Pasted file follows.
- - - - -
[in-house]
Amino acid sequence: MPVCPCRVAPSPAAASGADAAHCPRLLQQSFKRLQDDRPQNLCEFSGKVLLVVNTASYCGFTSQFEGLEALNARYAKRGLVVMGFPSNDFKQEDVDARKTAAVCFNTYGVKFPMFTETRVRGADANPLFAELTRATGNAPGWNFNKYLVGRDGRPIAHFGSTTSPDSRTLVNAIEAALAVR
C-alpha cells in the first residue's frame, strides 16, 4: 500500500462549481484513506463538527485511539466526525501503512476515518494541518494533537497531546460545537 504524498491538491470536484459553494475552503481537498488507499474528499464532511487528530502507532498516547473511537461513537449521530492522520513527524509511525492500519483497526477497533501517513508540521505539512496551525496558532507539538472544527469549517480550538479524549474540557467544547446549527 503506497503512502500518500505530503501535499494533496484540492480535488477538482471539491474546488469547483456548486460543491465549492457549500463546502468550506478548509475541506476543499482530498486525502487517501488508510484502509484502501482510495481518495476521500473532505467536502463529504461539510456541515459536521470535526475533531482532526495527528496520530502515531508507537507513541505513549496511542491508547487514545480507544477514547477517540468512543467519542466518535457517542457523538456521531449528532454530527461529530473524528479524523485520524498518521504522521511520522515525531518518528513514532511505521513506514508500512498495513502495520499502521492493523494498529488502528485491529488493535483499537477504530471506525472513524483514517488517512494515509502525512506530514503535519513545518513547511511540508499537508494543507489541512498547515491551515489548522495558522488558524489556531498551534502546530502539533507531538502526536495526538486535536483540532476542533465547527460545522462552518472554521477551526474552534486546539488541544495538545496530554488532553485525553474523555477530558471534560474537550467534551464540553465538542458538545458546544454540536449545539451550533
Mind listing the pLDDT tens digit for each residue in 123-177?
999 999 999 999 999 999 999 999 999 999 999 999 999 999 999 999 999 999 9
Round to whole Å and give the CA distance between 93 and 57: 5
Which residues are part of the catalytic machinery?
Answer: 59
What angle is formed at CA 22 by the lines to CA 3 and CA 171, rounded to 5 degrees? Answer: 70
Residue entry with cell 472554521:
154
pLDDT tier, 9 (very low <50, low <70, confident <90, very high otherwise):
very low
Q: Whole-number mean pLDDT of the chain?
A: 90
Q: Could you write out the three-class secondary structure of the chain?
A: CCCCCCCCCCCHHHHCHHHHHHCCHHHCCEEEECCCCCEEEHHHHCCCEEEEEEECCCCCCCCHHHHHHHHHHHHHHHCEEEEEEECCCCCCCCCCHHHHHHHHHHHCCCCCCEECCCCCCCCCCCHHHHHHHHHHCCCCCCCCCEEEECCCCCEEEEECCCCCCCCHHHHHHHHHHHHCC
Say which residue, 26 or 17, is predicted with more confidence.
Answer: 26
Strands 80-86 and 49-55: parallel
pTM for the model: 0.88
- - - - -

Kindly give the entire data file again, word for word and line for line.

[in-house]
Amino acid sequence: MPVCPCRVAPSPAAASGADAAHCPRLLQQSFKRLQDDRPQNLCEFSGKVLLVVNTASYCGFTSQFEGLEALNARYAKRGLVVMGFPSNDFKQEDVDARKTAAVCFNTYGVKFPMFTETRVRGADANPLFAELTRATGNAPGWNFNKYLVGRDGRPIAHFGSTTSPDSRTLVNAIEAALAVR
C-alpha cells in the first residue's frame, strides 16, 4: 500500500462549481484513506463538527485511539466526525501503512476515518494541518494533537497531546460545537 504524498491538491470536484459553494475552503481537498488507499474528499464532511487528530502507532498516547473511537461513537449521530492522520513527524509511525492500519483497526477497533501517513508540521505539512496551525496558532507539538472544527469549517480550538479524549474540557467544547446549527 503506497503512502500518500505530503501535499494533496484540492480535488477538482471539491474546488469547483456548486460543491465549492457549500463546502468550506478548509475541506476543499482530498486525502487517501488508510484502509484502501482510495481518495476521500473532505467536502463529504461539510456541515459536521470535526475533531482532526495527528496520530502515531508507537507513541505513549496511542491508547487514545480507544477514547477517540468512543467519542466518535457517542457523538456521531449528532454530527461529530473524528479524523485520524498518521504522521511520522515525531518518528513514532511505521513506514508500512498495513502495520499502521492493523494498529488502528485491529488493535483499537477504530471506525472513524483514517488517512494515509502525512506530514503535519513545518513547511511540508499537508494543507489541512498547515491551515489548522495558522488558524489556531498551534502546530502539533507531538502526536495526538486535536483540532476542533465547527460545522462552518472554521477551526474552534486546539488541544495538545496530554488532553485525553474523555477530558471534560474537550467534551464540553465538542458538545458546544454540536449545539451550533
Mind listing the pLDDT tens digit for each residue in 123-177?
999 999 999 999 999 999 999 999 999 999 999 999 999 999 999 999 999 999 9
Round to whole Å and give the CA distance between 93 and 57: 5
Which residues are part of the catalytic machinery?
Answer: 59
What angle is formed at CA 22 by the lines to CA 3 and CA 171, rounded to 5 degrees? Answer: 70
Residue entry with cell 472554521:
154
pLDDT tier, 9 (very low <50, low <70, confident <90, very high otherwise):
very low
Q: Whole-number mean pLDDT of the chain?
A: 90
Q: Could you write out the three-class secondary structure of the chain?
A: CCCCCCCCCCCHHHHCHHHHHHCCHHHCCEEEECCCCCEEEHHHHCCCEEEEEEECCCCCCCCHHHHHHHHHHHHHHHCEEEEEEECCCCCCCCCCHHHHHHHHHHHCCCCCCEECCCCCCCCCCCHHHHHHHHHHCCCCCCCCCEEEECCCCCEEEEECCCCCCCCHHHHHHHHHHHHCC
Say which residue, 26 or 17, is predicted with more confidence.
Answer: 26
Strands 80-86 and 49-55: parallel
pTM for the model: 0.88